And that’s the entire point, isn’t it? If you need to study a play, for nearly two and a half minutes, to overview a call on the floor that four separate people saw the same way live, you’ve completely obscured the original point of instant replay. You’ve deployed technology in search of a problem, not the other way around. You’re so far in the Machine that you forgot why you climbed in to begin with.
Nothing illustrates this point more than Steratore cautioning the broadcast crew and the audience that staring at a replay over and over and over can trick your brain into connecting dots that may or may not be there… only to fall victim to that fallacy himself, literally a minute later.
None of this was the plan when instant replay was first developed. But, as with any other technology, instant replay has grown, and grown, and grown, to the point where the game stops and starts at the convenience of those who control the technology that rules over the game.
That’s why Thursday’s statement by Canadian Football League commissioner Randy Ambrosie was so refreshing. Read it in full below.
With the 2019 CFL regular season about to kick off, we want to be as clear as possible on the role of the Command Centre, the standard on which it will conduct video reviews and the philosophy behind that standard. The Command Centre will focus on only overturning calls or non-calls made on the field where a clear and obvious mistake has been made. In other words, we do not want the game officiated from the Command Centre. The officials on the field have the best sense of the game and usually have a superior vantage point compared to a camera on the sidelines or in the stands.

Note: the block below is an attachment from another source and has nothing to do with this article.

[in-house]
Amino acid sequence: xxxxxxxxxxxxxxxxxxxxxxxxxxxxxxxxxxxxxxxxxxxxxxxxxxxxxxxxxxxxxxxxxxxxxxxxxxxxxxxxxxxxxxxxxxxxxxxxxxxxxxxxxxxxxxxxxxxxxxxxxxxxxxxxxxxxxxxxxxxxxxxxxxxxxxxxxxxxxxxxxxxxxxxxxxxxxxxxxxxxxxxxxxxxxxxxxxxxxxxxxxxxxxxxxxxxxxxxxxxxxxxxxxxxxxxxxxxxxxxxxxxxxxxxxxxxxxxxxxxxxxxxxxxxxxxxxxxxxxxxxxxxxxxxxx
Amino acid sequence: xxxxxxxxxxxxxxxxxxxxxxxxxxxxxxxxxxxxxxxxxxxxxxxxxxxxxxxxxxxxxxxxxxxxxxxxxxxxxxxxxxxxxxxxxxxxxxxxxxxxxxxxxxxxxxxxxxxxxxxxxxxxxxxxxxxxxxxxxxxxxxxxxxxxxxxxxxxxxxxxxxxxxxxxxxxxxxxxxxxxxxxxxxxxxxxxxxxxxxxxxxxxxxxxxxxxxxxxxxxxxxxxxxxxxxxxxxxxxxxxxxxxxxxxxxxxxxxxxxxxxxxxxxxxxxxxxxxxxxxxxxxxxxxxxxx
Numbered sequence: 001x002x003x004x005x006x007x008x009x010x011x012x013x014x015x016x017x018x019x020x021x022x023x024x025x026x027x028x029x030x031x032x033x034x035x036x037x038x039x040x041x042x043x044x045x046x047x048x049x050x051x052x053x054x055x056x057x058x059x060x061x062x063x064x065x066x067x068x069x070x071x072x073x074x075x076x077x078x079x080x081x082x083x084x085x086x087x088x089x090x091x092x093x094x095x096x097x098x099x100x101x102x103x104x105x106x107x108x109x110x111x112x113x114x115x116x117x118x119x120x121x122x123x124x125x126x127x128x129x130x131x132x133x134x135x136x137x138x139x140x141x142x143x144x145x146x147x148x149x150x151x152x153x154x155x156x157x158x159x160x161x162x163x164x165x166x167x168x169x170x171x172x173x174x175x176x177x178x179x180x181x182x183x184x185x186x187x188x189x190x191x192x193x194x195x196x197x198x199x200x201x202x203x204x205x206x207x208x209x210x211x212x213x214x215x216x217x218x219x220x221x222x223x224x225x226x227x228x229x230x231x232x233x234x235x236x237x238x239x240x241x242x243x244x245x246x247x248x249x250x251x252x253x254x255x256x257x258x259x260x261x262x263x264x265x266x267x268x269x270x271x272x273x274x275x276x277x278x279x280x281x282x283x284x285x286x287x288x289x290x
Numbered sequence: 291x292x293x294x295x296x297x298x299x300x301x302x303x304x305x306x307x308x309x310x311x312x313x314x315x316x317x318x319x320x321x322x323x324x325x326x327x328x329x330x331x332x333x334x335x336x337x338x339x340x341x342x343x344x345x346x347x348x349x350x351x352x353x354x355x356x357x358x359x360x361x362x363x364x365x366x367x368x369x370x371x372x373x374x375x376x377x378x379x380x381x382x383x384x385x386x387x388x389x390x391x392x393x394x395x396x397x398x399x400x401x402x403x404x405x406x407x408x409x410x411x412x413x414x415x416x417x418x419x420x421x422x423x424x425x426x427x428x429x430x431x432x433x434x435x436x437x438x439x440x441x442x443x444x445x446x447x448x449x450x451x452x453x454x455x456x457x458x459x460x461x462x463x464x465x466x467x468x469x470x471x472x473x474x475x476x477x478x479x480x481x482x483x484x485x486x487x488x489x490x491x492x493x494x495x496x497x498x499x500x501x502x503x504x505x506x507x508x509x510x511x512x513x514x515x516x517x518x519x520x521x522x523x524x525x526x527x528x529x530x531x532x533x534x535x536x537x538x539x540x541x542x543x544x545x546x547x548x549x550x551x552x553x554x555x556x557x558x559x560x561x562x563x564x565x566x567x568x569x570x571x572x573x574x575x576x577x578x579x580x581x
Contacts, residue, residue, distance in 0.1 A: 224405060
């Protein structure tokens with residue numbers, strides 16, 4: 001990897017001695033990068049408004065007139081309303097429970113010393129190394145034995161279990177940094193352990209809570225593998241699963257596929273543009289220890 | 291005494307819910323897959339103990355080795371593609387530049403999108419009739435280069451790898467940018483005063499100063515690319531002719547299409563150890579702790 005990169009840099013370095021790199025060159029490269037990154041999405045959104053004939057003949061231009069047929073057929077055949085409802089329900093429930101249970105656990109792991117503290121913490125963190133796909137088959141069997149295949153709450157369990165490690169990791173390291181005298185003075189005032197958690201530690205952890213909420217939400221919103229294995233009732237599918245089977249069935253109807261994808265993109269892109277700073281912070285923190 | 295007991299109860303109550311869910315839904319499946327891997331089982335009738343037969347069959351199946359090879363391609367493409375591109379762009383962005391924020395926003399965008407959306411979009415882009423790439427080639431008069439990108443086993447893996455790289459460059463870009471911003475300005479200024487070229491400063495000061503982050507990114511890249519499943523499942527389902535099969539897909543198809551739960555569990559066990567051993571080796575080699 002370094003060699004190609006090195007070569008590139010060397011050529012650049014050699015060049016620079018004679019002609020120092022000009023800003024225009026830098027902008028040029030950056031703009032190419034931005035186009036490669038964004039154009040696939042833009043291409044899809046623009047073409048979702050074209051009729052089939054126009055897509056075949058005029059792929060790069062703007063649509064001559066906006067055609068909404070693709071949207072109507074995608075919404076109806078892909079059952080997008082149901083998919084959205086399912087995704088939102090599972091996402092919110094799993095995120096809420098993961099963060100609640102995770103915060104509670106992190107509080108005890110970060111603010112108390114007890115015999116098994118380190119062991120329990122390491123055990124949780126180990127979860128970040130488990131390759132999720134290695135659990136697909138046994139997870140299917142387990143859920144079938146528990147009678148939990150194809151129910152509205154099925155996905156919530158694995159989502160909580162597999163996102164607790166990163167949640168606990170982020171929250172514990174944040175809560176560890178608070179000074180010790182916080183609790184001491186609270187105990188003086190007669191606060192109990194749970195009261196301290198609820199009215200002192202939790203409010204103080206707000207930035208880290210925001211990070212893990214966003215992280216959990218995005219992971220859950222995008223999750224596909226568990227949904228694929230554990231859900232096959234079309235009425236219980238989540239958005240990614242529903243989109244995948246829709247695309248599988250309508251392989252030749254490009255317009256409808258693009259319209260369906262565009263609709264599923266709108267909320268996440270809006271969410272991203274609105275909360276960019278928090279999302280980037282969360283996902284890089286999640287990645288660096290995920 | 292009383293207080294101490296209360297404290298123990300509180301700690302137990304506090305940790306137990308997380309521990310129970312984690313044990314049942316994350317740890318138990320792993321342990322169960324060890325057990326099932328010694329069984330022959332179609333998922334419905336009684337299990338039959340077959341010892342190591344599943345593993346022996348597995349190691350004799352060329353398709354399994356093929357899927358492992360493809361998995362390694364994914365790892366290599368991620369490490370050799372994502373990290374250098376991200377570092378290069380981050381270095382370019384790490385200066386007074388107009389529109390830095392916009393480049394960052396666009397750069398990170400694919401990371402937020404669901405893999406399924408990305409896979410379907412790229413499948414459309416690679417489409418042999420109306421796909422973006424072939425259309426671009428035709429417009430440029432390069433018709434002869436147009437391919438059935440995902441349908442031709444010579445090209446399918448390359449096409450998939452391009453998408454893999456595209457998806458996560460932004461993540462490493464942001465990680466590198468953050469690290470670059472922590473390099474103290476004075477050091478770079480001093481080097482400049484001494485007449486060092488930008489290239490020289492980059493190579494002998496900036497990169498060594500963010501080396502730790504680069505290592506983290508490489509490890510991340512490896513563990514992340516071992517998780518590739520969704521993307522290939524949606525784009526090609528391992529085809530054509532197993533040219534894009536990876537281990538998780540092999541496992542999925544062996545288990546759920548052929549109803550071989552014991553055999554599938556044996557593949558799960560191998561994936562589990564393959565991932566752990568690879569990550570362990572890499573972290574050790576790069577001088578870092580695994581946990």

The Command Centre is just a “back up” to correct clear and obvious mistakes – what are sometimes called egregious errors. Anyone who has played the game, or cheered for a team, knows how one views any play can be somewhat subjective. So how do we, as objectively as possible, define clear and obvious? Clear refers to the visibility of the issue in question. Can you see, for example, the ball clearly on the replay? Or the foot on the sideline? Is the camera angle straight down the line? Or is it off to the side? Obvious refers to an indisputable reference point, such as a yard line, a sideline, or a knee down. Can you easily see, for example, that the contact on a receiver was early? Or do you have to resort to looking at it in slow motion?
Simply put, you shouldn’t have to watch something several times, or watch at different speeds, if it is clear and obvious. Why is clear and obvious our standard? Why not strive to get every single call right, even if the error was less than clear and obvious? We want to keep the length of Command Centre reviews reasonable. We do not want video review to slow the pace or flow of the game. We especially do not want it to adversely affect our fans’ enjoyment of the game.
Watching players stand around while the Command Centre looks at a play for a long time is simply not fun. We also want to reduce the total number of challenges by making sure our coaches know they should not use a challenge to simply seek a second opinion; they should only use it to challenge clear and obvious mistakes.
Like every player and every official in every game, no standard is perfect. But we believe this approach is in the best interests of our great game.
Of course, any standard is only as strong as the enforcement behind it, and one man’s “clear and obvious” is another ego-driven replay official’s “Well, from this slowed-down angle…” It’s human nature to take any power granted us to the absolute max and beyond, and replay officials are no different, so it’ll be incumbent upon CFL officials to train their Eyes in the Sky to only hit the red button when absolutely necessary.
But Thursday’s announcement is a sound, common-sense directive that college football and the NFL should adopt without delay. And that’s clear and obvious.